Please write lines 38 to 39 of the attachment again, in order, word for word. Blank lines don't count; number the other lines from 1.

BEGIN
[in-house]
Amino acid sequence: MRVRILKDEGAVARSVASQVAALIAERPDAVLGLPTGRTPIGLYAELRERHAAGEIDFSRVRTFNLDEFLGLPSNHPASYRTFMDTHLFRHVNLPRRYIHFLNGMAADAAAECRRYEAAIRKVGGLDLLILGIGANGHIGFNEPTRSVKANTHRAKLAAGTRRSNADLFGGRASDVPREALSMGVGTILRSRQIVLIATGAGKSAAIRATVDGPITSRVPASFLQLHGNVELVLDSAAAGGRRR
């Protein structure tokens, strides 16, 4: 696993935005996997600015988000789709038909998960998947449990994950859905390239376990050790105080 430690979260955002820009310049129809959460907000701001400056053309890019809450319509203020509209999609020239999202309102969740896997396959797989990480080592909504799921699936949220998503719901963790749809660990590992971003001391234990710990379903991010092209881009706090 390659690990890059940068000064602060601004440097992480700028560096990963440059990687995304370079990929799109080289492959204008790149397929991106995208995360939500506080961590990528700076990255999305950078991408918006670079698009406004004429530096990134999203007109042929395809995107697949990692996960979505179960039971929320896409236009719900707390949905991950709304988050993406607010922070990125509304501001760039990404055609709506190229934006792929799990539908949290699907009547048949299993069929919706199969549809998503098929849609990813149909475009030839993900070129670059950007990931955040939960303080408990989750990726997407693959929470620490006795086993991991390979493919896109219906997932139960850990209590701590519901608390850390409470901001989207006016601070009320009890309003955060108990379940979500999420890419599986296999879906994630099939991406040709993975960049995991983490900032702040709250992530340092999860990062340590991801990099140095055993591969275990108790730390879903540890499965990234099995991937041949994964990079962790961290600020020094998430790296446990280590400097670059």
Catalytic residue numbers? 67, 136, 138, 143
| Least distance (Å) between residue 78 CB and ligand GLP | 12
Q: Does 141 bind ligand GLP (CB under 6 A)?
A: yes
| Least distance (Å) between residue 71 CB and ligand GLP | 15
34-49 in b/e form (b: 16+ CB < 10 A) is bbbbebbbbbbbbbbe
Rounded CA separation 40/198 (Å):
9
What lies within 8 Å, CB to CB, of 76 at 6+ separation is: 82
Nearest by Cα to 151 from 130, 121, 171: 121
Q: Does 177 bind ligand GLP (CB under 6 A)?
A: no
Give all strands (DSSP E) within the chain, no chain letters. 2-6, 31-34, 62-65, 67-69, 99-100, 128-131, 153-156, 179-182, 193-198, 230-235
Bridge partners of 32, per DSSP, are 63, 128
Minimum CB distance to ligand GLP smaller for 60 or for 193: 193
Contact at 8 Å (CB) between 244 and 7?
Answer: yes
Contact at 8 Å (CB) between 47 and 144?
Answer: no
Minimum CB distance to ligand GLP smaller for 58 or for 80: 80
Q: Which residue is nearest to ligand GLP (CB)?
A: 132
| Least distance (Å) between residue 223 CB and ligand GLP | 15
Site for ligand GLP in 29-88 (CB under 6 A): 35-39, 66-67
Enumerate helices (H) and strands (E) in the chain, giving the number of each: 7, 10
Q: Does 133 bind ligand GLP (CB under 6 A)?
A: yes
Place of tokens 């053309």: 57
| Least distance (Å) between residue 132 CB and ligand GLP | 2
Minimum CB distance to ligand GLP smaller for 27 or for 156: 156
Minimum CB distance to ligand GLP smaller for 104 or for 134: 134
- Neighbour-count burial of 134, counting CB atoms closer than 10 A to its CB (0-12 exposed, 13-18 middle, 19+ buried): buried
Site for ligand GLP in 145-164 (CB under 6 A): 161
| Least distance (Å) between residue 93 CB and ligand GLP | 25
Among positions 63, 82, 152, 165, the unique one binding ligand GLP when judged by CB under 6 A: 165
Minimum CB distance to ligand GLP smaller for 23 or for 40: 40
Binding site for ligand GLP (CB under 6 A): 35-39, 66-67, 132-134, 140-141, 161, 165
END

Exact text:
Among positions 63, 82, 152, 165, the unique one binding ligand GLP when judged by CB under 6 A: 165
Minimum CB distance to ligand GLP smaller for 23 or for 40: 40